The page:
Insight: Brian gave a considered response to a question from one of the audience members, Lori Weidenhammer. She wanted to know how we might switch our intensive focus on “saving the bees” away from the honeybee and onto other pollinators without upsetting beekeepers. Brian said that historically we have asked far too much of the honeybee, and if she were to be returned her to her rightful place as one player, one part, within the complex web of pollinator diversity, we would be helping not only the honeybee but all pollinators and the environment in general.

Professor Nancy Holmes, (writer, poet and creative writing educator), involved with diverse pollinator projects through UBC, at Okanagan, began her presentation with a beautiful poem by Emily Dickinson, and brought the tone of the event around from the realm of science to that of art-making. I am taking the liberty of reproducing this lovely little poem here:

“TO make a prairie it takes a clover and one bee, —

One clover, and a bee,

And revery.

The revery alone will do

If bees are few.” 

It is the ‘reverie’ which art appeals to, I think. Certainly it is for me. For to create something, whether it be a meadow, a poem, a visual art piece, or a  cleaner environment, we require imagination. This is our singular ability.

I had the privilege of being part of this panel discussion too, and my presentation was related to the artwork I have on display the gallery at the moment: “not by chance alone,” the large bee project; the small Charles Butler piece, “profitable as a bee,” and the “gilded, golden, glad,” pollen tribute to Dorothy Hodges. Brian Campbell has very graciously posted my presentation on the blog portion of his website, (www.thebeeschool.ca) so instead of reprinting it now, I will discuss my ideas on pollinators and the role of art, in future posts.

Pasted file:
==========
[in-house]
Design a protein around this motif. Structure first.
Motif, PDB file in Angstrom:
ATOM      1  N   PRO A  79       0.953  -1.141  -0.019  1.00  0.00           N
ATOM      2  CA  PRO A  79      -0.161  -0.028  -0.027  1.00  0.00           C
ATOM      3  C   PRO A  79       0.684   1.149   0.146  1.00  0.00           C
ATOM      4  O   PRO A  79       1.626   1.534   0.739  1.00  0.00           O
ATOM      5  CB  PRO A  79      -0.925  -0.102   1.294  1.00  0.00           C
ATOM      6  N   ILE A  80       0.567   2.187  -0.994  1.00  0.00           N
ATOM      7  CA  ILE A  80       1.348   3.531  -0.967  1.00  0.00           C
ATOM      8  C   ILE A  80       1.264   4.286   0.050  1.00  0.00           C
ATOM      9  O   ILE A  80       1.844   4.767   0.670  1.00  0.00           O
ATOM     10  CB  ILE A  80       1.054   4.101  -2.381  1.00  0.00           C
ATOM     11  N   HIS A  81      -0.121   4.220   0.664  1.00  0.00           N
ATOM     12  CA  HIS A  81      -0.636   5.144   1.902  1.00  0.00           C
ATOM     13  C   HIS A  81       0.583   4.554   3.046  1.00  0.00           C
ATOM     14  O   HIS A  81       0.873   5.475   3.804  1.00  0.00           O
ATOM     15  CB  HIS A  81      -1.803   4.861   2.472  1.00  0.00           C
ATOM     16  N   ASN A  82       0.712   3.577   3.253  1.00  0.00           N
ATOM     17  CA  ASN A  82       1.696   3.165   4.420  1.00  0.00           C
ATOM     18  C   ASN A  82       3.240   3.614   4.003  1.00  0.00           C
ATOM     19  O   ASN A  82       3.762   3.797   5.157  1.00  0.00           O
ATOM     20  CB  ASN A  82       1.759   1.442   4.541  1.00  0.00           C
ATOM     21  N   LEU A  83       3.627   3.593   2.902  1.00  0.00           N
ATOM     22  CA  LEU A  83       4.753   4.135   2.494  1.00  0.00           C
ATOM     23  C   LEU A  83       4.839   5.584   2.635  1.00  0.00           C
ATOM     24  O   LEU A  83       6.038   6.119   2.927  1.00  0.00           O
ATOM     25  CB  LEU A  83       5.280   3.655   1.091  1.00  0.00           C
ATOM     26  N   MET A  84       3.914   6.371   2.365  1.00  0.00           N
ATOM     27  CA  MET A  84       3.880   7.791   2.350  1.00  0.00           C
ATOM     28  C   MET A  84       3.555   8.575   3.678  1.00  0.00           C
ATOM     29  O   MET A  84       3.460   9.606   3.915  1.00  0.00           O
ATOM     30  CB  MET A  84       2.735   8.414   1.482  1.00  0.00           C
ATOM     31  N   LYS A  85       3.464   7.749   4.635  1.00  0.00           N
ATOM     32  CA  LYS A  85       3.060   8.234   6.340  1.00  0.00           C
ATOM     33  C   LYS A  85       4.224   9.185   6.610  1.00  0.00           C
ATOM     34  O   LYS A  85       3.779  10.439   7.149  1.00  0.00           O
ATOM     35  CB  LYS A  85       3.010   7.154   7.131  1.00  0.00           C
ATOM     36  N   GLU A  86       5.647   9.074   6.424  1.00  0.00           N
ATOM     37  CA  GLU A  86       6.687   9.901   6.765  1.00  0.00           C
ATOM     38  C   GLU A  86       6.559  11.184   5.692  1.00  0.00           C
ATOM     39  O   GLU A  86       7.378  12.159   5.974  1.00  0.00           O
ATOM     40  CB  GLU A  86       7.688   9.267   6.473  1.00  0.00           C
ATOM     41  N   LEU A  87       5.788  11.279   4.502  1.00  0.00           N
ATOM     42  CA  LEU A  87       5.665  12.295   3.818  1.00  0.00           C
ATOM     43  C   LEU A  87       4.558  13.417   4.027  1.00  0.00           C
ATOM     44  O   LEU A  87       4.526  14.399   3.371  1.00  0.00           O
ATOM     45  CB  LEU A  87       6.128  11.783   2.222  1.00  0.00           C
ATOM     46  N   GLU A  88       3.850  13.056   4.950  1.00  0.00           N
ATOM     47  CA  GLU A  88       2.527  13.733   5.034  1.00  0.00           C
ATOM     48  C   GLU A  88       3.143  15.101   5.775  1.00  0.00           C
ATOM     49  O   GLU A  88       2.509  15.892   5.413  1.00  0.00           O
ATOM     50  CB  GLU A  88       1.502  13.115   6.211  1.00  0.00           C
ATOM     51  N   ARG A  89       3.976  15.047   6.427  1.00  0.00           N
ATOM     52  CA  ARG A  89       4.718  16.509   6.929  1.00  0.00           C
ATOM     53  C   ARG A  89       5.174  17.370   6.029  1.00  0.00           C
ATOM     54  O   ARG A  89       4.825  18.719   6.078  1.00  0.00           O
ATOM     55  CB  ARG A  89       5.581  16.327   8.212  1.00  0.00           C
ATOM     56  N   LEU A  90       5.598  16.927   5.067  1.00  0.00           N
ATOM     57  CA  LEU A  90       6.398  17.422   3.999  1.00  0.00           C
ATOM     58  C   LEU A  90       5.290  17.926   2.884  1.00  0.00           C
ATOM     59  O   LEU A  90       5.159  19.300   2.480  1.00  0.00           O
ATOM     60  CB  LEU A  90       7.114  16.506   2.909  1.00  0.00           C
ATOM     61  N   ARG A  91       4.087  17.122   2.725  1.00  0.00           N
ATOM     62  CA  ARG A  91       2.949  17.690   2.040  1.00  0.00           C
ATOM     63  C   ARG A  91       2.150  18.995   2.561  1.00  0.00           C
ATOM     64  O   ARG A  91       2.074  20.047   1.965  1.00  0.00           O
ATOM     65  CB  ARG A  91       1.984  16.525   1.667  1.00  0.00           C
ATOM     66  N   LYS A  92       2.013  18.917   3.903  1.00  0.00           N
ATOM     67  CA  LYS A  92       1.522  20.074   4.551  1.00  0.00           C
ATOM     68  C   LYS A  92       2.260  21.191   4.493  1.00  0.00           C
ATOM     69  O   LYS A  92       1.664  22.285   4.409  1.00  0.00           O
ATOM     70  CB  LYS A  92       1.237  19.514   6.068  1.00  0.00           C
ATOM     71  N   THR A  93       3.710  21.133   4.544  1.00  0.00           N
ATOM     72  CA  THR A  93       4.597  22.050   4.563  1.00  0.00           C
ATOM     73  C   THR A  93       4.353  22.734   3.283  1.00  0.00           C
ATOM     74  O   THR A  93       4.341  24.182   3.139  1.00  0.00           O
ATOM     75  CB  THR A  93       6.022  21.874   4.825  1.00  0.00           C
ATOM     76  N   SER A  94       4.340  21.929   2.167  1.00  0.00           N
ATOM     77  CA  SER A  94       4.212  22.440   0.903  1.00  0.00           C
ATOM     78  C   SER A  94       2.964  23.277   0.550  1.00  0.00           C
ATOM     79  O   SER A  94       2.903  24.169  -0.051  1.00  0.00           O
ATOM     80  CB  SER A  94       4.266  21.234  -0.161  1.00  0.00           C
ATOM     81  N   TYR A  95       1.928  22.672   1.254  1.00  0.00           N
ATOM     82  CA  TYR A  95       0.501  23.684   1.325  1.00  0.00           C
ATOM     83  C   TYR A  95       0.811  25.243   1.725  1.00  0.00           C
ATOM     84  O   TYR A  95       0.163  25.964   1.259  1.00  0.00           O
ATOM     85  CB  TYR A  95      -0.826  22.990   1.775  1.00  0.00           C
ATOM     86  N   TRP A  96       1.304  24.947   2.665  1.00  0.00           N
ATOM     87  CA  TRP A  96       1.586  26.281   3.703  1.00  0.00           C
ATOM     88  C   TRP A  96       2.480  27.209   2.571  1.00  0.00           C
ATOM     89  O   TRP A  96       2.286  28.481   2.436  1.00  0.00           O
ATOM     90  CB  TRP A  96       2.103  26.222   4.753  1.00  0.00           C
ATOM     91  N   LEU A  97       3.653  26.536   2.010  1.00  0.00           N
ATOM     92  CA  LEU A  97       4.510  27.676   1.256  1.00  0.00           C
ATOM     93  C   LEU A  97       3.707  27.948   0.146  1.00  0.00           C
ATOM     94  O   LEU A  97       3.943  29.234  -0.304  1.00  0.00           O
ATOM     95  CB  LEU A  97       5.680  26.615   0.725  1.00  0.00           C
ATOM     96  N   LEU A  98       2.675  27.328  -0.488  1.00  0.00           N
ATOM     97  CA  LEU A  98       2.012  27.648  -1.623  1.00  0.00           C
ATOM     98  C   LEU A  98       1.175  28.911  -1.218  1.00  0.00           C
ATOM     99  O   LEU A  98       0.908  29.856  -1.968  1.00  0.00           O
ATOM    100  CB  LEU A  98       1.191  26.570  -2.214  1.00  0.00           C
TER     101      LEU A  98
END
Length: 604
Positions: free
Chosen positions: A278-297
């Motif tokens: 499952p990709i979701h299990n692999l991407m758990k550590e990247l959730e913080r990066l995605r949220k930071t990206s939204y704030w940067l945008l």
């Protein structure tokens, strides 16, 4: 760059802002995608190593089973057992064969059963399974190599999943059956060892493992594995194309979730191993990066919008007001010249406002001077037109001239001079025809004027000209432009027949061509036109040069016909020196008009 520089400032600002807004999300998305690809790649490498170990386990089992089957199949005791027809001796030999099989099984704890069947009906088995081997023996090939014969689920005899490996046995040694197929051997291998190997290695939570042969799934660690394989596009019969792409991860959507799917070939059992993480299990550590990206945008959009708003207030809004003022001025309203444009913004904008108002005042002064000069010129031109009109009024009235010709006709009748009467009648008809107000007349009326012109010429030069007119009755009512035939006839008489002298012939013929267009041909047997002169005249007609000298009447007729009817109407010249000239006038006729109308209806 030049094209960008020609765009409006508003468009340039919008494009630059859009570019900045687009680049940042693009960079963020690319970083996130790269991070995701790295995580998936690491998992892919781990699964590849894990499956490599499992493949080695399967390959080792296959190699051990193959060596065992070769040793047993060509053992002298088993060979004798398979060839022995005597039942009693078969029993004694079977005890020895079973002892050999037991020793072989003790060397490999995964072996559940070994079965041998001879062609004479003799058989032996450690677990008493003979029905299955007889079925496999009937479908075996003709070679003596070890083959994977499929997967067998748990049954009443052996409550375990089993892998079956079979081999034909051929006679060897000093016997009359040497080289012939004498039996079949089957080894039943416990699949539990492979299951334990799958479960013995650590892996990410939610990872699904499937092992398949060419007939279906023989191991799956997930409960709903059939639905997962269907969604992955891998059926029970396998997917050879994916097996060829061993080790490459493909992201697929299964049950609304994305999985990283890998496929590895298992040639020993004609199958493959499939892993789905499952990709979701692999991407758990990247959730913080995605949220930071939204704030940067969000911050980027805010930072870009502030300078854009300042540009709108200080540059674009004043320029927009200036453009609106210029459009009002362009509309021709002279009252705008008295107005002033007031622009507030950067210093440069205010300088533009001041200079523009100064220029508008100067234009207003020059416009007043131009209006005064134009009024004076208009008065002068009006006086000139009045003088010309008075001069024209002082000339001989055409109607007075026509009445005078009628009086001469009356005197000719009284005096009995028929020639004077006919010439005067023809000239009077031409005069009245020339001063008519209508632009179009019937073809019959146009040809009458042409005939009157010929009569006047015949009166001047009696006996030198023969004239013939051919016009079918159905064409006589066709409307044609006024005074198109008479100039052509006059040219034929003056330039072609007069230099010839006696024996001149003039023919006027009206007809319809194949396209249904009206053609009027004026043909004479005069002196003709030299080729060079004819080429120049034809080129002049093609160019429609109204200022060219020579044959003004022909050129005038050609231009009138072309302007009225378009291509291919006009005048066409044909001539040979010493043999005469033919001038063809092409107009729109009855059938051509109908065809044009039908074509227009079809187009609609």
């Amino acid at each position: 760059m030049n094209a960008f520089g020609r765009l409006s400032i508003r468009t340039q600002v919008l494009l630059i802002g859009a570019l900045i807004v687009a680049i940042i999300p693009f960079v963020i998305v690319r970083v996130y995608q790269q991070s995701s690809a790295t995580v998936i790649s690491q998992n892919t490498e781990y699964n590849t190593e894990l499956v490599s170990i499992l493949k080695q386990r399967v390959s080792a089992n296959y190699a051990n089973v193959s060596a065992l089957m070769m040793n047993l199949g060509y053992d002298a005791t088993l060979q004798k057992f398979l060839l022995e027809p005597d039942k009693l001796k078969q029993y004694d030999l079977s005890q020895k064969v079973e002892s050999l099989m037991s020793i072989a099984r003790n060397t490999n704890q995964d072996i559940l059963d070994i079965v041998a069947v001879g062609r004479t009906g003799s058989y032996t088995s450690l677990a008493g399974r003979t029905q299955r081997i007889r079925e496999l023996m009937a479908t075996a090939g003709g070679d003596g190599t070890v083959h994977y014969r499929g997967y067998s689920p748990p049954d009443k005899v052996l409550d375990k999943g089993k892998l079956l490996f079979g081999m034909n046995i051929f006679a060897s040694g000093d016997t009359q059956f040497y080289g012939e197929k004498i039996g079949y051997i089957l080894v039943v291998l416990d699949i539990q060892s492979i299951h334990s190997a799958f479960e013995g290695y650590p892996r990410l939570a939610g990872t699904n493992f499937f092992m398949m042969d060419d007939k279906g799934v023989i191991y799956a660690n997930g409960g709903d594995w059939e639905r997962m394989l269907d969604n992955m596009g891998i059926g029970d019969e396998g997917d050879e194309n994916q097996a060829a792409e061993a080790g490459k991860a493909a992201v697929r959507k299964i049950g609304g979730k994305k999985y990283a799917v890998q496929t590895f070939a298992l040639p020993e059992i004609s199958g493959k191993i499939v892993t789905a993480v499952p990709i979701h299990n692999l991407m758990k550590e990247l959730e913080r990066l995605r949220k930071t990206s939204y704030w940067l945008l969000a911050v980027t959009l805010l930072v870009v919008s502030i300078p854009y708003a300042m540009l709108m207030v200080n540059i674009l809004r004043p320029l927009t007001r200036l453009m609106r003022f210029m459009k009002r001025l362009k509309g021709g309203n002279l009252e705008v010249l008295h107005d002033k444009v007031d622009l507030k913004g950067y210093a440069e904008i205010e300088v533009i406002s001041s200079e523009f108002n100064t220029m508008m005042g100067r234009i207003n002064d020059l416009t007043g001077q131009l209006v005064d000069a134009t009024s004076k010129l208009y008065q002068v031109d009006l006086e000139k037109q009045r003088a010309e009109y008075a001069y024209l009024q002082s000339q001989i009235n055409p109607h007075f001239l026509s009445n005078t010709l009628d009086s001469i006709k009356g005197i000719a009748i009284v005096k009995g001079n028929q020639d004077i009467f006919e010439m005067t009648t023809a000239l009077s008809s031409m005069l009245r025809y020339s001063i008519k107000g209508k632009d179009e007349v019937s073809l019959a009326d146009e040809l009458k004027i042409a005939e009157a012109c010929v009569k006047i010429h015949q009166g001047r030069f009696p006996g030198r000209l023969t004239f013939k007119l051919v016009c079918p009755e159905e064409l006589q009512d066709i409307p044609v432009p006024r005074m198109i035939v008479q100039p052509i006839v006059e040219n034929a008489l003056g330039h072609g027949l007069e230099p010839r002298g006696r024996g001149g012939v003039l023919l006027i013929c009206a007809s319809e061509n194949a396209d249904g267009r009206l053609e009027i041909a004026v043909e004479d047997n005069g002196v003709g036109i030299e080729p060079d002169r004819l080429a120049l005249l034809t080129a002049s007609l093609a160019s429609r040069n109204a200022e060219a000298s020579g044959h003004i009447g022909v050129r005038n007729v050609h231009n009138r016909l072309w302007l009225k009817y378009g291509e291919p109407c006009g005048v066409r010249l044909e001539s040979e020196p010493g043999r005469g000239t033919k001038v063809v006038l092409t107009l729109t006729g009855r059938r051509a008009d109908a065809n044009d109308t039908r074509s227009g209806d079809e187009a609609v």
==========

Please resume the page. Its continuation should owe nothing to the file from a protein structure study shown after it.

bee school

This past weekend, I attended beekeeping classes, given by master beekeeper Brian Campbell (Blessed Bee Apiaries).  The course was interesting, informative and engaging. Brian is an excellent instructor. He’s exceedingly knowledgeable, has a gentle and  respectful manner for his students and his charges (the bees), and he has a great sense of humour! A weekend well spent with theory and practice. We still have the practicum to look forward to, more first hand experience on handling honeybees!

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We even got to witness a new drone bee emerge out of its cell. Very cool indeed.IMG_0581




 

all pollinators